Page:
Excavations at British sites are Revolutionizing Prehistoric Studies and Revealing Secrets of the Past
You might say British archaeology is in a golden age, especially with excavations and discoveries at two sites that are adding great knowledge of the prehistory of the islands. One site, from about 2500 BC, is on the Orkney Islands, off Scotland’s northern coast, and the other, from about 1000 BC, is not far from London.
The excavations at the two sites coincide with a two-week British Festival of Archaeology that wraps up this weekend.
Though they are separated by many years and about 650 miles (1,050 km), the two sites are providing insights into what life was like in the British Isles before there were written language and historians to record the lives of the people.
In the Orkney Islands are a settlement, monumental stone circle and temple complex called Ness of Brodgar that has been under excavation since 2003. For about 4,500 years, the earth held the secrets of an ancient people who worshiped, farmed and lived there. Over the years archaeologists have been extracting those secrets and now want to share them with the world. (See here for a website about Brodgar.)
The site in England, at Whittlesey in Cambridgeshire, was a settlement of roundhouses that burned, perhaps in an attack by hostiles, and fell into the river, where the silt preserved the settlers’ stuff so well that some are calling it Britain’s Pompeii.
A bronze socketed ax was one of many Bronze Age tools found at Must Farm, a site that dates back about 3,000 years and is the finest site of that era ever found in Britain and one of the finest in Europe. Photo by Cambridge Archaeological Unit.
And though they are so far removed from each other in time—one site is from the Neolithic (Stone Age), the other from later Bronze Age—the sites hold some similarities. The ancient people of both sites farmed, kept animals, had pottery and tools.
At these sites and at a thousand other places across the width and length of the British Isles, the Council of British Archaeology’s Festival of Archaeology is being celebrated in the last two weeks of July.
“The festival showcases the very best of archaeology, with special events right across the UK, organised and hosted by museums, heritage organisations, national and countryside parks, universities, local societies, and community archaeologists,” says the council’s website.
The festival’s Facebook page announces events about the Dark Ages, the Iron Age, the Roman era and many other historic and prehistoric features and eras of the British Isles.
Before all those eras came was the new Stone Age and its Ness of Brodgar in the Orkney Islands. The site is in part a temple complex of 21 buildings and covers an area of over 6 acres. It consists of the ruins of housing, remnants of slate roofs, paved walkways, colored facades, decorated stone slabs, and a massive stone wall with foundations. It also includes a large building described as a Neolithic ‘cathedral’ or ‘palace’, inhabited from at least 3,500 BC to the close of the Neolithic period more than 1,500 years later.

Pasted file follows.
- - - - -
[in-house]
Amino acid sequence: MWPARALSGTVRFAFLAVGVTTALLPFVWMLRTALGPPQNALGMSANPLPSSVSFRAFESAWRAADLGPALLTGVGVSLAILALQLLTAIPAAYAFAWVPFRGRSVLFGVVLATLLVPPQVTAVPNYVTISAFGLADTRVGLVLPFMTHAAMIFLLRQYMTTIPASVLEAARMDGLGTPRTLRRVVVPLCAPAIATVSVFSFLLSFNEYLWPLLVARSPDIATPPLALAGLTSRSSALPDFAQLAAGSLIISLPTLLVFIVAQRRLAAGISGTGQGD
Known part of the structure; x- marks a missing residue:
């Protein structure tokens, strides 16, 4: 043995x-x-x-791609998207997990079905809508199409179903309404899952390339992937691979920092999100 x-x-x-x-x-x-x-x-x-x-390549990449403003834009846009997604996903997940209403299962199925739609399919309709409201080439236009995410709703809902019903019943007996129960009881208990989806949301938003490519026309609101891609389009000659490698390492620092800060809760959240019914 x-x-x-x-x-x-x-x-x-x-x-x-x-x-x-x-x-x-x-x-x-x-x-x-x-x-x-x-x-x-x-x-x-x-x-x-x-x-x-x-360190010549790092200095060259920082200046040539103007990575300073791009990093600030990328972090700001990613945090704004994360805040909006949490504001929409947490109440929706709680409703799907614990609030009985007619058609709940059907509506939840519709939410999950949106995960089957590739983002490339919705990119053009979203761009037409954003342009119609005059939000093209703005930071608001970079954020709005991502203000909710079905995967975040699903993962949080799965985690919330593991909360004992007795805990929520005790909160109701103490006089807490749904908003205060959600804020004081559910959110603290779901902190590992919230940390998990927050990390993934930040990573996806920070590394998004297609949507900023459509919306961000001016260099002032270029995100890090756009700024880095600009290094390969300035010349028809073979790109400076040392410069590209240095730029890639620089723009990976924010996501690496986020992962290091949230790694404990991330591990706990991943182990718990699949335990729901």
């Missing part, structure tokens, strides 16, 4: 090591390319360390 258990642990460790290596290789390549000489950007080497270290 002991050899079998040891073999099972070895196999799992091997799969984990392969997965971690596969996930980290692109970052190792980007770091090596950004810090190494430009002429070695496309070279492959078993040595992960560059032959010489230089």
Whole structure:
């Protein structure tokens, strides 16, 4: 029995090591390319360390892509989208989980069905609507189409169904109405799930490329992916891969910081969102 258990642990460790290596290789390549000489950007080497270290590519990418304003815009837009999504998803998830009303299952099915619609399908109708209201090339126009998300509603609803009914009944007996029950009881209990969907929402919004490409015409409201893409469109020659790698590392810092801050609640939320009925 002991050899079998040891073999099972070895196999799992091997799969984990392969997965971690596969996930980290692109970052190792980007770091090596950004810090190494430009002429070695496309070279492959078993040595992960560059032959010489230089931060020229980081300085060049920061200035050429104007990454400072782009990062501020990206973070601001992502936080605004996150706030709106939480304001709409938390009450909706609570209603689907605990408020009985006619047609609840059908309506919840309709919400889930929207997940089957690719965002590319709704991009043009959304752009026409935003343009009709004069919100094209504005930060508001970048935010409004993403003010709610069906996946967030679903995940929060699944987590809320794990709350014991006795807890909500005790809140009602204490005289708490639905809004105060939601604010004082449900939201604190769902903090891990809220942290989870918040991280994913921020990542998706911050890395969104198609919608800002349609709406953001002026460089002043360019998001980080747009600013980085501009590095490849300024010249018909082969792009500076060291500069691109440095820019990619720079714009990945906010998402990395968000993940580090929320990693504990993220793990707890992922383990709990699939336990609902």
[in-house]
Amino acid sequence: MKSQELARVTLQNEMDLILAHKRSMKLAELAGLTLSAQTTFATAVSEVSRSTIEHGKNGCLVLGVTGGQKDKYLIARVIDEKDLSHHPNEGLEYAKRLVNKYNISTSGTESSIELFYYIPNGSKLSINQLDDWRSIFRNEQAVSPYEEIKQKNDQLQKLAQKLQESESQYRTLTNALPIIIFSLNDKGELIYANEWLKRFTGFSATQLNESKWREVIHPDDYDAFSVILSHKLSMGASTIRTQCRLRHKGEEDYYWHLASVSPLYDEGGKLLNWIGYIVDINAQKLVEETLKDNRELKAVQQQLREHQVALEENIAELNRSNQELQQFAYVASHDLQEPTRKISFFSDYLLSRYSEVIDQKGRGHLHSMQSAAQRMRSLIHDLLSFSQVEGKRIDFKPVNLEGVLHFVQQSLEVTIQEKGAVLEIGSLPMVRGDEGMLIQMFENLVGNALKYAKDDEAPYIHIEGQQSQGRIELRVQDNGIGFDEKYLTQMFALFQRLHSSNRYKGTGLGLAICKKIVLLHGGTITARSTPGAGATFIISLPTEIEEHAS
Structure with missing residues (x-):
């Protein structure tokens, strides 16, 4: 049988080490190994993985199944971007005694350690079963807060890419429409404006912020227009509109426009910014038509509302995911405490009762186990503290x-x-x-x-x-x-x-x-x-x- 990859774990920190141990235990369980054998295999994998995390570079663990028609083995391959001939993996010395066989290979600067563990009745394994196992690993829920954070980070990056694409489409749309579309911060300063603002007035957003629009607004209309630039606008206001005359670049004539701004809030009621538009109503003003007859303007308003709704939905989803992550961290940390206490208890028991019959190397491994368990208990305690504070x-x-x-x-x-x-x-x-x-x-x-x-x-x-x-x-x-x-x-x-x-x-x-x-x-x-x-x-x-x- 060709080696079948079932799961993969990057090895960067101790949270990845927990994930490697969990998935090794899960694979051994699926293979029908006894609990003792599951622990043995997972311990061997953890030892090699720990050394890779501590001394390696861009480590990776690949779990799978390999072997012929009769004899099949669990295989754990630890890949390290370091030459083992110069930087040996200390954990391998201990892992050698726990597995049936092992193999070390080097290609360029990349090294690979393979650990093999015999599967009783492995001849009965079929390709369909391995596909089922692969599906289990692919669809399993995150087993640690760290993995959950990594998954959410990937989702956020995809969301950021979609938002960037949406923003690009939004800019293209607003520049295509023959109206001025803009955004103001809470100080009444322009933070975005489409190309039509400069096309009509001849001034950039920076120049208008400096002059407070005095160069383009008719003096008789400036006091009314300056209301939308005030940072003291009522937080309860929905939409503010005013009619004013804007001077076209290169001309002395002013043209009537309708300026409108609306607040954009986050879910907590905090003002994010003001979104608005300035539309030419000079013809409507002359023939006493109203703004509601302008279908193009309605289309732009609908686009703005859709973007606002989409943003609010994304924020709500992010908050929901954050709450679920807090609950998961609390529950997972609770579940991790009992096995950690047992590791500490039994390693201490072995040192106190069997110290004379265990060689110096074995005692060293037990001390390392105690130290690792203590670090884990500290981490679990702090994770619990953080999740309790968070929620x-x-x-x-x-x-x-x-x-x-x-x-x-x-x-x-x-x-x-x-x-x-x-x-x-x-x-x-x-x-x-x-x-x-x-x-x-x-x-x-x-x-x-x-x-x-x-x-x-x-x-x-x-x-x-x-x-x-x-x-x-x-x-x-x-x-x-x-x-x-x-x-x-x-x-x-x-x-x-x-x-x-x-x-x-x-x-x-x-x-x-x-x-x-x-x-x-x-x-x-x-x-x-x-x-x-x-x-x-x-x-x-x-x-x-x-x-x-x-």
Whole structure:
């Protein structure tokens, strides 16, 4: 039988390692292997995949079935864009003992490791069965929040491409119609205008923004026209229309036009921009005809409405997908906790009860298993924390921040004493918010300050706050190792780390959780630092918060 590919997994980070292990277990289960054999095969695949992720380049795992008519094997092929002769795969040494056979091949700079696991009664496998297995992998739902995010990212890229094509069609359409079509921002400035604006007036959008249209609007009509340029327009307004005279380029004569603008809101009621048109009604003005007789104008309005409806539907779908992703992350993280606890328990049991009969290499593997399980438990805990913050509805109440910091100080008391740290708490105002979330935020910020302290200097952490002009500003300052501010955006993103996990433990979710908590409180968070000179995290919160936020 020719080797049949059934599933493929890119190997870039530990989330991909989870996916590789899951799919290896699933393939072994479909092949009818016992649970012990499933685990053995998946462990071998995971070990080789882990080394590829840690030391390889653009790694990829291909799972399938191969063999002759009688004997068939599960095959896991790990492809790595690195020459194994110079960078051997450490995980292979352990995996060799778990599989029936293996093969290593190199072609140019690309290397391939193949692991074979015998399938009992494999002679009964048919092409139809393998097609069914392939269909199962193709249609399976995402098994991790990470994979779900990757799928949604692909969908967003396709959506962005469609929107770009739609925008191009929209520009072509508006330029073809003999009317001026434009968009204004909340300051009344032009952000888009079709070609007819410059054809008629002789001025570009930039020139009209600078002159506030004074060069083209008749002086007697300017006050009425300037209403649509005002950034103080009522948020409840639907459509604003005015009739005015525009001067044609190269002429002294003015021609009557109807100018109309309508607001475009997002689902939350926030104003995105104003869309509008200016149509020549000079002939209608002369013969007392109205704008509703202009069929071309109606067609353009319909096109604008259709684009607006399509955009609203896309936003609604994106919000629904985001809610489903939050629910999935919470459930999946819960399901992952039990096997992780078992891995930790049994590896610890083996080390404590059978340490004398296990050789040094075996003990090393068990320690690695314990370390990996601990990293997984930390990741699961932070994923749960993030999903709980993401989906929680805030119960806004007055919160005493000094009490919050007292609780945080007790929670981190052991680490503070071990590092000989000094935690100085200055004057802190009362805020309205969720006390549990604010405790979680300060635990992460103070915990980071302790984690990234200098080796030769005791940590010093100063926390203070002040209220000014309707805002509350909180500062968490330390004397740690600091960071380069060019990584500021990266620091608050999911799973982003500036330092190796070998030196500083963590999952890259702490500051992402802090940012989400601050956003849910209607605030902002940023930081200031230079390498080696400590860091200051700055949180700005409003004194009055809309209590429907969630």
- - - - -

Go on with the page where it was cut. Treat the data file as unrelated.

Excavations at the Ness of Brodgar on mainland Orkney (genevieveromier photo/ Flickr)
The Ness of Brodgar is on the largest island of Orkney, called The Mainland. It includes a henge and stone circle known as The Ring of Brodgar. It is the third largest stone circle in the British Isles after Avebury and Stonehenge. Built in a true circle, the Ring of Brodgar is thought to have been originally composed of 60 individual stones, though presently 27 are intact. The stones themselves are of red sandstone and vary in height from 7-15 feet. The stones are surrounded by a large circular ditch or henge.
Excavations have discovered thousands of artifacts at the Ness of Brodgar, including ceremonial mace heads, polished stone axes, flint knives, a human figurine and miniature thumb pots. Archaeologists have found beautifully crafted stone spatulas, highly-refined colored pottery, and more than 650 pieces of Neolithic art, by far the largest collection ever found in Britain.
Far to the south, about 120 km (75 miles) north of London in Wittlesey is the Must Farm archaeological site, where that possible arson occurred. An archaeologist discovered the site in 1999 when he saw wooden stakes or palisades sticking out of the mud and silt, which preserved them and many other artifacts as well. Scorching and charring of the wood from when the settlement burned also helped to preserve some of the material.
While the entire site is fantastic, with its nine log boats found nearby, five roundhouses and many important artifacts, two of the most important finds were textiles and vitrified foods. Also, beads, likely from the Balkans and the Middle East, showed there was long-distance trade in Britain, where the Bronze Age began about 4,000 to 4,500 years ago.
The purpose of this tiny, finely made pot from Must Farm is unknown. Photo by Cambridge Archaeological Unit.
The Must Farm website states: “We’ve found everything from textiles and boxes to wheels and axes. The Must Farm settlement has one of the most complete bronze age assemblages ever discovered in Britain and it is giving us an unprecedented insight into the lives of the people there 3,000 years ago. Two artefact types we haven’t discussed are metalwork and textiles, both of which offer another important layer of detail to the homes we are excavating.”
The British Archaeological Council’s Festival of Archaeology continues through Sunday. For more events, see the Facebook page or council website linked to above.
Featured image: The Ring of Brodgar. Photo source: geography.org.uk
By Mark Miller